“There’s this misconception that partnership is a scheme,” Cool said. “We’re learning how to be self-governed. When it’s evident to those who know better than us that we don’t know, they’re going to reorient us.”
For the freshmen men, Lutz said he wanted his talks to focus on the positive aspects of relationships before looking at negative situations. While procedures for handling sexual misconduct have been in place for years, Lutz said, he believes it is important to sit down with students to talk about sexual decisions and the dangers of pornography.
“We’re also seeing it as an opportunity to say, ‘Let’s talk about what we want to be right about your sexual relationships and healthy relation in general,’” Lutz said. “A lot of schools talk about sexual assault; I think it’s also important that we say, ‘Look, we’re not going to buy into the lie of low expectations of student sexuality.’”
In talking with freshmen men and male athletes, Lutz said he emphasizes that healthy relationships progress from friendship.
“Meaningful relationships and meaningful intimacy is based on friendship, getting to know people, and physical attraction,” Lutz said.
At Hillsdale, people talk a lot about what love is, Lutz said, and when it comes to sexual misconduct, one of the things he wants to get across to students is the idea that sexual assault is one of the worst ways to dishonor and disrespect another person.
If sexual assault does happen, though, Lutz said the college included contact information in the student booklet so someone can get in touch with college or law enforcement authorities right away.
“We wanted people to have a clear message of ‘let someone know as soon as possible,’” he said. “Let’s get you help as soon as we possibly can.”
He also noted that the six counselors at the health center also want to help students who have experienced sexual assault in the past.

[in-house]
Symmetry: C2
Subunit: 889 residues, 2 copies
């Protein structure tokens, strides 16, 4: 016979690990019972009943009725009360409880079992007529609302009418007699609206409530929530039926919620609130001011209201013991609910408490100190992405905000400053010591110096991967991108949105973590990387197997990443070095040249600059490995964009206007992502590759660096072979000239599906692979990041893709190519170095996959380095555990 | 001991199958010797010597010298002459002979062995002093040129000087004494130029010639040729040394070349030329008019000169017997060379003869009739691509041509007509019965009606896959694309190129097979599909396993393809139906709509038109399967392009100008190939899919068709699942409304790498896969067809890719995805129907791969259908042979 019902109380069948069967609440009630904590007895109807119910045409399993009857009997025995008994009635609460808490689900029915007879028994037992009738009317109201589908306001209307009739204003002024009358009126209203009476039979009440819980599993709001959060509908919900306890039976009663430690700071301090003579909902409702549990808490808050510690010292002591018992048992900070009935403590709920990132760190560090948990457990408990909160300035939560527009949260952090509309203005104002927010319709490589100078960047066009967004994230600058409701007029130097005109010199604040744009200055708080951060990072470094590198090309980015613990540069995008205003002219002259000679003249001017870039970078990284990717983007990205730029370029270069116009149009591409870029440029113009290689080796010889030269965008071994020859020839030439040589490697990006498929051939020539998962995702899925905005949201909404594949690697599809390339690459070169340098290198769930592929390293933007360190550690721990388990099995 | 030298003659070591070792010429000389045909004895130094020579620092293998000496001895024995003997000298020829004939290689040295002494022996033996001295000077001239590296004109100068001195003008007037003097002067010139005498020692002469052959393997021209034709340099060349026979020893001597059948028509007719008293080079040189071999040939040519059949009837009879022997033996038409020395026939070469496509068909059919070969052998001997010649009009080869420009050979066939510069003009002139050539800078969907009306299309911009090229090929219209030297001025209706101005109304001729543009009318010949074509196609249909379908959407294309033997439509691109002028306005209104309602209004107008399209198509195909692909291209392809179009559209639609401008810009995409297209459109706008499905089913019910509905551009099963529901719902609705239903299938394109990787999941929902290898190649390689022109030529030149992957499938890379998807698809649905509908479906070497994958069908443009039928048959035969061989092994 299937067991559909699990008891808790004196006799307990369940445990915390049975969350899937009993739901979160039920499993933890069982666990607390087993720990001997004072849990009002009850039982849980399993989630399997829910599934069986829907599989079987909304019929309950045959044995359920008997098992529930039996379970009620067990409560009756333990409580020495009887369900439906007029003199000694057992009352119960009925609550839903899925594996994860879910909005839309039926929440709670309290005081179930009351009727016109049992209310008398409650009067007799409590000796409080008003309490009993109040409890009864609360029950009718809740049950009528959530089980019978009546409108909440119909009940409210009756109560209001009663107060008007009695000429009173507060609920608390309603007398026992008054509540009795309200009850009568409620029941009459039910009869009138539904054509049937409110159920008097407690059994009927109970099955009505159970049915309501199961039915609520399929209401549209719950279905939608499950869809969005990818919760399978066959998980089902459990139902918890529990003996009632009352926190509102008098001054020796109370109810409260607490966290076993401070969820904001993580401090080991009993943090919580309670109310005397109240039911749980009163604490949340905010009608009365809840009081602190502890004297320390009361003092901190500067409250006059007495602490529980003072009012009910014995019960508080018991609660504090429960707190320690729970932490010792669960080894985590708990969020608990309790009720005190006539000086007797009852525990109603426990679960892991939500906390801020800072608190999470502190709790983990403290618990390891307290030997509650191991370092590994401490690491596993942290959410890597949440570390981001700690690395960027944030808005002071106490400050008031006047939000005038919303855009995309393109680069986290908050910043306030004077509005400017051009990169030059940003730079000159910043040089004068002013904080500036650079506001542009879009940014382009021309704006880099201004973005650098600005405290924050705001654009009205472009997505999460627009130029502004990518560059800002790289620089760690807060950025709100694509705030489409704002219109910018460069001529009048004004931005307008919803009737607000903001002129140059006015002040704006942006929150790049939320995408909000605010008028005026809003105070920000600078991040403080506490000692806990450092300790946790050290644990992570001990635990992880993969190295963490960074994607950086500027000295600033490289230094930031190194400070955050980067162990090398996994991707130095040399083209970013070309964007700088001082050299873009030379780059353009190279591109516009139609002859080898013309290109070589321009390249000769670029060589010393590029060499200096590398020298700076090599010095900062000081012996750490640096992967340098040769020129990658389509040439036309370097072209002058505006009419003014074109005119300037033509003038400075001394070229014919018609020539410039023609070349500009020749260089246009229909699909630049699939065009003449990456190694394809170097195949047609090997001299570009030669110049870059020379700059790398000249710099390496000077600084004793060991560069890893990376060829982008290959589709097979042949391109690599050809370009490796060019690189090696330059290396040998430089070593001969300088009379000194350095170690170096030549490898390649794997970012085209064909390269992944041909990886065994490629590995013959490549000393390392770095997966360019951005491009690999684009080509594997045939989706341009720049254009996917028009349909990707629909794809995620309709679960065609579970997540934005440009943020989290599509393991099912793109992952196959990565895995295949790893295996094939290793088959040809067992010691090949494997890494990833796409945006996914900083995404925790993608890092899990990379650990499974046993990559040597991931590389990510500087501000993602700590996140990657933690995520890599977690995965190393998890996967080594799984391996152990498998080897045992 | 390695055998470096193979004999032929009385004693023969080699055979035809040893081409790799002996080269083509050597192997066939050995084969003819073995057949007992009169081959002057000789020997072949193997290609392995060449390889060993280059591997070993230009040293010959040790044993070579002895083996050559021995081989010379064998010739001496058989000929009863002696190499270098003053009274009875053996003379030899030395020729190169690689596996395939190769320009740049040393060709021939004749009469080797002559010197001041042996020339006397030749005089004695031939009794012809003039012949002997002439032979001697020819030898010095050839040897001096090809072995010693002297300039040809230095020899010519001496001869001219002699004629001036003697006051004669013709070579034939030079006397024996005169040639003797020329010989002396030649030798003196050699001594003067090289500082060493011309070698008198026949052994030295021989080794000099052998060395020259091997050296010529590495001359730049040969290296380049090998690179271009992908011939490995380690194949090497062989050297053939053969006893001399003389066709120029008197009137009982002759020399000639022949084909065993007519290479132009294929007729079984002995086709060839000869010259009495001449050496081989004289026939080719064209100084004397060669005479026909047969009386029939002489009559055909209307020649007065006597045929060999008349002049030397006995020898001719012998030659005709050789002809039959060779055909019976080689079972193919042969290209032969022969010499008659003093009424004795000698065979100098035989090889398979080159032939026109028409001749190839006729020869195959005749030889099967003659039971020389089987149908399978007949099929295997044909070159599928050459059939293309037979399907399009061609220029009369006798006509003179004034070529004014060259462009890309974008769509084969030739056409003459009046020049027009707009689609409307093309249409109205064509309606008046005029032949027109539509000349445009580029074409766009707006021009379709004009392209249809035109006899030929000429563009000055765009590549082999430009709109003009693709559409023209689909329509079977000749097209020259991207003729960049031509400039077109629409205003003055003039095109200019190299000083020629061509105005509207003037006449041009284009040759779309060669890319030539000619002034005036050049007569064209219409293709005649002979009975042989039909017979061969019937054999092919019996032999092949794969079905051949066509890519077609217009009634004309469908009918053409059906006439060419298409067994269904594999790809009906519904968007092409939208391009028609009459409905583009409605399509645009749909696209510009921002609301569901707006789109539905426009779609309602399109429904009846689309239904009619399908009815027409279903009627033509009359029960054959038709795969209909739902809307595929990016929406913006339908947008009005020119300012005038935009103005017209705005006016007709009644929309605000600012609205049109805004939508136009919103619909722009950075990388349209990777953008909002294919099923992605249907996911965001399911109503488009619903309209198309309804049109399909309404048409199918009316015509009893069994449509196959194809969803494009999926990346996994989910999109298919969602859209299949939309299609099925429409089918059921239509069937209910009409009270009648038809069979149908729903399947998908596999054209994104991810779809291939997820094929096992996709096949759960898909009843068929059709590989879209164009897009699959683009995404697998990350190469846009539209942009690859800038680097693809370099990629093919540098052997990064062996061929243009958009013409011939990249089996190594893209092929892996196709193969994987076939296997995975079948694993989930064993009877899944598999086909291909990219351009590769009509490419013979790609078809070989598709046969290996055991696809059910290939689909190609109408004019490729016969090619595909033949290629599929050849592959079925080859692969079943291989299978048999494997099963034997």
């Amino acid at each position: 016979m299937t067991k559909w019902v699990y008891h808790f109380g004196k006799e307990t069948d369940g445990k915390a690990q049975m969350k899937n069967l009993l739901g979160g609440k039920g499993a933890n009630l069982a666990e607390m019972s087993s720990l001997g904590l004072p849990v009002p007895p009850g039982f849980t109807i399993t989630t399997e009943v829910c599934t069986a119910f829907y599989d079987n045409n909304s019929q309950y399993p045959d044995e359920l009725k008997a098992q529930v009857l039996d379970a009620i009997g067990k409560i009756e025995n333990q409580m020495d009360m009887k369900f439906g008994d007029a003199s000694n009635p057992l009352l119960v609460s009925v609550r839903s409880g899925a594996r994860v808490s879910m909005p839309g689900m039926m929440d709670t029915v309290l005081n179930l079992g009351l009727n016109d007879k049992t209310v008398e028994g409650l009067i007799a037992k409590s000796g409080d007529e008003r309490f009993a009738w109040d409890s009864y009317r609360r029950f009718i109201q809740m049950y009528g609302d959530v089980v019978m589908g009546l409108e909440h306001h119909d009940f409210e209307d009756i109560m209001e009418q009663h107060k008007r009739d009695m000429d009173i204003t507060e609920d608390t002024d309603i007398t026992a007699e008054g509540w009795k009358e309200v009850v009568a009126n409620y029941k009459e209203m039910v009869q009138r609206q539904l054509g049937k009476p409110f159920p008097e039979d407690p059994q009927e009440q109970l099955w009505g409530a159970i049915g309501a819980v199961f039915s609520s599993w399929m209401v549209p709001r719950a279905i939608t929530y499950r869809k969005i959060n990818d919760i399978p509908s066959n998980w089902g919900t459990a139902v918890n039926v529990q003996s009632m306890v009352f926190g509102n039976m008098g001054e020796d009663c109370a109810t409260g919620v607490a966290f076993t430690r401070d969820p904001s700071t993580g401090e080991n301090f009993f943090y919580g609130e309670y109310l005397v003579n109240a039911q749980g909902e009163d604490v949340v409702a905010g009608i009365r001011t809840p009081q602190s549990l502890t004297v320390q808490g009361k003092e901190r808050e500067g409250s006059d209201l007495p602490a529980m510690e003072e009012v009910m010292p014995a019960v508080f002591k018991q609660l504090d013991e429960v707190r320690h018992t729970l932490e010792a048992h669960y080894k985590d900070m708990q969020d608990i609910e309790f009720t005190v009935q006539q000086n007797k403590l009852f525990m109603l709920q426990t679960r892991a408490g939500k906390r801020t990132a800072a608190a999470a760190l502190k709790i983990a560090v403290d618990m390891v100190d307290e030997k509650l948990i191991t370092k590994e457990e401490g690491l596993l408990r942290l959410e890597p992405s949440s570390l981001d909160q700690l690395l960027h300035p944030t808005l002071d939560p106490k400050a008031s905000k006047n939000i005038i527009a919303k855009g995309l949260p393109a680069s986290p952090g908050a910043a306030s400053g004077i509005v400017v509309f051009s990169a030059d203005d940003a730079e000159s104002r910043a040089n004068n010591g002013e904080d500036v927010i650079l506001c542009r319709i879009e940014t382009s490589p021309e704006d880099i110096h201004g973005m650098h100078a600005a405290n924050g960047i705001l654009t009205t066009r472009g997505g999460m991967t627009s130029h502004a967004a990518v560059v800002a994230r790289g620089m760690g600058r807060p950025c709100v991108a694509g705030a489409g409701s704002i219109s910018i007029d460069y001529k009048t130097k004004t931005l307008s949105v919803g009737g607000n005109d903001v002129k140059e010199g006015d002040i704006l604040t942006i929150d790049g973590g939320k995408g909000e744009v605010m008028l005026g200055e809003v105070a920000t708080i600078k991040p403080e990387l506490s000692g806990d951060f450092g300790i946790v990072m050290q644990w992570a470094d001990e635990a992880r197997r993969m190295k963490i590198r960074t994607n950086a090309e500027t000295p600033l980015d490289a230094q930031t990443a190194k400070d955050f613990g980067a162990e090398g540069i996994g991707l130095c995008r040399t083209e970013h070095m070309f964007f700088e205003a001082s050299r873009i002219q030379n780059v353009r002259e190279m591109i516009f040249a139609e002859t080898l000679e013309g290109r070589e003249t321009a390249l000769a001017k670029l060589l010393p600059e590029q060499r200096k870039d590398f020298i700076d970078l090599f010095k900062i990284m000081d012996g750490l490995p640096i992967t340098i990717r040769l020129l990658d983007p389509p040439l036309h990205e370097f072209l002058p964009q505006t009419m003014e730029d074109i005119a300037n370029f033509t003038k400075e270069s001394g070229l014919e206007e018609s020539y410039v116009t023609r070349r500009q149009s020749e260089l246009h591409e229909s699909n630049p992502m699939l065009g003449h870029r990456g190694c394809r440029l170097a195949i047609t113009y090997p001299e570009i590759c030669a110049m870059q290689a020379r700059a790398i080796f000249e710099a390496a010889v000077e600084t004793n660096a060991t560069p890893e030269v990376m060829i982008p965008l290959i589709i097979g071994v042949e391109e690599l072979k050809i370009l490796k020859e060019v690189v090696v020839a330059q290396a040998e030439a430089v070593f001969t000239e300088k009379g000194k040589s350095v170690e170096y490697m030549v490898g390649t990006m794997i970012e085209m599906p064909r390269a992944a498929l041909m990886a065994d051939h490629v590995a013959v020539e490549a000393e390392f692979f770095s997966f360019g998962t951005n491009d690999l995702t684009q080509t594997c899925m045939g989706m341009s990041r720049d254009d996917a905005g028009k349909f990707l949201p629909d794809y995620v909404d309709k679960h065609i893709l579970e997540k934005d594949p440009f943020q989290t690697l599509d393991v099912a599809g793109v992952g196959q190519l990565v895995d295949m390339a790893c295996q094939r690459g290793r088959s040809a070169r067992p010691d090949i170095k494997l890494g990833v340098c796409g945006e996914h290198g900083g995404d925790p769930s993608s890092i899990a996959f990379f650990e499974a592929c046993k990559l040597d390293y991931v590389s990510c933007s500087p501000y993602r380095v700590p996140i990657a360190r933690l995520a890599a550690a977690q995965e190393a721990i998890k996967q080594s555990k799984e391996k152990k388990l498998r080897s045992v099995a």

“If anyone has ever had a sexual assault, whether on this campus or at home over a break, or when they were 10 years old, those are important things to talk about,” Lutz said.
The deans also held a meeting for students in Greek life to review sexual misconduct and responsible alcohol use. Also, in the annual off-campus meeting on Sept. 4, lawyers, local law enforcement officials, and Lutz spoke further on safety and procedures for reporting sexual harassment and misconduct.
Each of the college’s athletic teams also met this week to review sexual misconduct policies and reporting, as well as other topics pertinent to overall health.
The deans employ the same procedures for dealing with misconduct as they have in the past, but their goal this year is to offer additional information to a greater number of students. Petersen said they worked with student leaders, including resident assistants, to determine how to deal with issues as they arise. Their goal for RAs was to encourage their residents to treat people with respect and friendship, Petersen said.
In handling issues that come up, whether regarding sexual harassment or not, Petersen and Philipp said they see cooperation between themselves and students as key to navigating any situation. One case is one too many, Philipp said, and they always want to know the facts and help resolve problems.
Petersen said the deans’ doors — as well as others’ — are always open for students who want to come and talk. He said they recognize that these are sensitive issues. The deans can’t and won’t go public about any incidents for the sake of privacy for those involved.
While the college works to keep students safe, everyone has a role in promoting campus safety, the deans said.
“We have to be good to each other,” Philipp said. “We have to look out for each other.”